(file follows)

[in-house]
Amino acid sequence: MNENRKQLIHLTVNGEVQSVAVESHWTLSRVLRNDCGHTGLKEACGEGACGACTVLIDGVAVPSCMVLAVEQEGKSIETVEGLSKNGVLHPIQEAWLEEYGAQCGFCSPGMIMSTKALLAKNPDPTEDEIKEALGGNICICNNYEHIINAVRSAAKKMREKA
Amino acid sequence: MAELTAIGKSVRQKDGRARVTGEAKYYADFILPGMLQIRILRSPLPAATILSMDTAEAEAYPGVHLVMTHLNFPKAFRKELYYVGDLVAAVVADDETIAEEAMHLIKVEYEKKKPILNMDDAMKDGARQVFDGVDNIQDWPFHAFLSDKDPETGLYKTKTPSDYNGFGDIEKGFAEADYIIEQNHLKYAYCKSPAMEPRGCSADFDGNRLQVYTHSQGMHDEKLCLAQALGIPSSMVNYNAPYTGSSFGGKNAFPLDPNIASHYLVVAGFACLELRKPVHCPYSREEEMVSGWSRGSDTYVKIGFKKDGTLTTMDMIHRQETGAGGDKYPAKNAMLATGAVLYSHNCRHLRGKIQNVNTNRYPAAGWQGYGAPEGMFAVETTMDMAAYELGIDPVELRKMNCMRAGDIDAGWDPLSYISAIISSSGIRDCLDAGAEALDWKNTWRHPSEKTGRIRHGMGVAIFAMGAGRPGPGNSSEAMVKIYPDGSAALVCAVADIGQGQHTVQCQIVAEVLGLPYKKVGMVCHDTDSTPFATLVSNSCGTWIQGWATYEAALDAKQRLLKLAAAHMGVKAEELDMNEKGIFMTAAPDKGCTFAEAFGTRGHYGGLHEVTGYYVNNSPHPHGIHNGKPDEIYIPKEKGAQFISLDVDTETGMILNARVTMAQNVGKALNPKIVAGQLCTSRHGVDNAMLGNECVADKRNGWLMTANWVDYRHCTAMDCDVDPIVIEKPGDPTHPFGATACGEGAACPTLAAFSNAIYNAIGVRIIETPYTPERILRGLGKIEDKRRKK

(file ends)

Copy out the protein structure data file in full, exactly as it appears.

[in-house]
Amino acid sequence: MNENRKQLIHLTVNGEVQSVAVESHWTLSRVLRNDCGHTGLKEACGEGACGACTVLIDGVAVPSCMVLAVEQEGKSIETVEGLSKNGVLHPIQEAWLEEYGAQCGFCSPGMIMSTKALLAKNPDPTEDEIKEALGGNICICNNYEHIINAVRSAAKKMREKA
Amino acid sequence: MAELTAIGKSVRQKDGRARVTGEAKYYADFILPGMLQIRILRSPLPAATILSMDTAEAEAYPGVHLVMTHLNFPKAFRKELYYVGDLVAAVVADDETIAEEAMHLIKVEYEKKKPILNMDDAMKDGARQVFDGVDNIQDWPFHAFLSDKDPETGLYKTKTPSDYNGFGDIEKGFAEADYIIEQNHLKYAYCKSPAMEPRGCSADFDGNRLQVYTHSQGMHDEKLCLAQALGIPSSMVNYNAPYTGSSFGGKNAFPLDPNIASHYLVVAGFACLELRKPVHCPYSREEEMVSGWSRGSDTYVKIGFKKDGTLTTMDMIHRQETGAGGDKYPAKNAMLATGAVLYSHNCRHLRGKIQNVNTNRYPAAGWQGYGAPEGMFAVETTMDMAAYELGIDPVELRKMNCMRAGDIDAGWDPLSYISAIISSSGIRDCLDAGAEALDWKNTWRHPSEKTGRIRHGMGVAIFAMGAGRPGPGNSSEAMVKIYPDGSAALVCAVADIGQGQHTVQCQIVAEVLGLPYKKVGMVCHDTDSTPFATLVSNSCGTWIQGWATYEAALDAKQRLLKLAAAHMGVKAEELDMNEKGIFMTAAPDKGCTFAEAFGTRGHYGGLHEVTGYYVNNSPHPHGIHNGKPDEIYIPKEKGAQFISLDVDTETGMILNARVTMAQNVGKALNPKIVAGQLCTSRHGVDNAMLGNECVADKRNGWLMTANWVDYRHCTAMDCDVDPIVIEKPGDPTHPFGATACGEGAACPTLAAFSNAIYNAIGVRIIETPYTPERILRGLGKIEDKRRKK